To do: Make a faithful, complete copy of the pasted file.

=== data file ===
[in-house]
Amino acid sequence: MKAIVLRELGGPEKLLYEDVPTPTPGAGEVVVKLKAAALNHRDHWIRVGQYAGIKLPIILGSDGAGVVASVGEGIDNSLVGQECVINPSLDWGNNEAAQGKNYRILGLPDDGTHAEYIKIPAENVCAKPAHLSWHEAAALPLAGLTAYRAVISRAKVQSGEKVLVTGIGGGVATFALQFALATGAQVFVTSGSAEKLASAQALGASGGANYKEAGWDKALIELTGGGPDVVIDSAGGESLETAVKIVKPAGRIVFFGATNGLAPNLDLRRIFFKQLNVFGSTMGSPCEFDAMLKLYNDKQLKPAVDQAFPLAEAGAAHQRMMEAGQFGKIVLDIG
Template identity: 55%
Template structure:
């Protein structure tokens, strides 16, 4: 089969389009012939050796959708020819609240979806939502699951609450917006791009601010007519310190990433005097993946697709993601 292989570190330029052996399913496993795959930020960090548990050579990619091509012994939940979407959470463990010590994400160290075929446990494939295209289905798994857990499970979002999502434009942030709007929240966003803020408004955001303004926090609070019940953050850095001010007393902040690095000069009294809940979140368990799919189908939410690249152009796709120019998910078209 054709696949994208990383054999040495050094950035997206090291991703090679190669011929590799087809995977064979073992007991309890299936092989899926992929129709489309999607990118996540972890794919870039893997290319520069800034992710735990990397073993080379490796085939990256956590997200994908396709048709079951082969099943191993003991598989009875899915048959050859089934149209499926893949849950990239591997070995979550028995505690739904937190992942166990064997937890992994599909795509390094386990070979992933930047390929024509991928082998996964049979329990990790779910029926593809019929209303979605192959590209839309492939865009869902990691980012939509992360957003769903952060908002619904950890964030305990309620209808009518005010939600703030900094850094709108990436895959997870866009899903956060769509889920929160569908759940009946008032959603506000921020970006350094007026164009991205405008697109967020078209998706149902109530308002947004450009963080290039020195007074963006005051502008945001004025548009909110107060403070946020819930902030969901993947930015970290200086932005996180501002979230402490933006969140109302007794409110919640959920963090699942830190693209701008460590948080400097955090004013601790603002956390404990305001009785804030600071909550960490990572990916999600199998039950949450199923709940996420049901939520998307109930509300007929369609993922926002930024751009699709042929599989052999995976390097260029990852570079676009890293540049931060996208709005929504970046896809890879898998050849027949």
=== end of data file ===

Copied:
[in-house]
Amino acid sequence: MKAIVLRELGGPEKLLYEDVPTPTPGAGEVVVKLKAAALNHRDHWIRVGQYAGIKLPIILGSDGAGVVASVGEGIDNSLVGQECVINPSLDWGNNEAAQGKNYRILGLPDDGTHAEYIKIPAENVCAKPAHLSWHEAAALPLAGLTAYRAVISRAKVQSGEKVLVTGIGGGVATFALQFALATGAQVFVTSGSAEKLASAQALGASGGANYKEAGWDKALIELTGGGPDVVIDSAGGESLETAVKIVKPAGRIVFFGATNGLAPNLDLRRIFFKQLNVFGSTMGSPCEFDAMLKLYNDKQLKPAVDQAFPLAEAGAAHQRMMEAGQFGKIVLDIG
Template identity: 55%
Template structure:
């Protein structure tokens, strides 16, 4: 089969389009012939050796959708020819609240979806939502699951609450917006791009601010007519310190990433005097993946697709993601 292989570190330029052996399913496993795959930020960090548990050579990619091509012994939940979407959470463990010590994400160290075929446990494939295209289905798994857990499970979002999502434009942030709007929240966003803020408004955001303004926090609070019940953050850095001010007393902040690095000069009294809940979140368990799919189908939410690249152009796709120019998910078209 054709696949994208990383054999040495050094950035997206090291991703090679190669011929590799087809995977064979073992007991309890299936092989899926992929129709489309999607990118996540972890794919870039893997290319520069800034992710735990990397073993080379490796085939990256956590997200994908396709048709079951082969099943191993003991598989009875899915048959050859089934149209499926893949849950990239591997070995979550028995505690739904937190992942166990064997937890992994599909795509390094386990070979992933930047390929024509991928082998996964049979329990990790779910029926593809019929209303979605192959590209839309492939865009869902990691980012939509992360957003769903952060908002619904950890964030305990309620209808009518005010939600703030900094850094709108990436895959997870866009899903956060769509889920929160569908759940009946008032959603506000921020970006350094007026164009991205405008697109967020078209998706149902109530308002947004450009963080290039020195007074963006005051502008945001004025548009909110107060403070946020819930902030969901993947930015970290200086932005996180501002979230402490933006969140109302007794409110919640959920963090699942830190693209701008460590948080400097955090004013601790603002956390404990305001009785804030600071909550960490990572990916999600199998039950949450199923709940996420049901939520998307109930509300007929369609993922926002930024751009699709042929599989052999995976390097260029990852570079676009890293540049931060996208709005929504970046896809890879898998050849027949």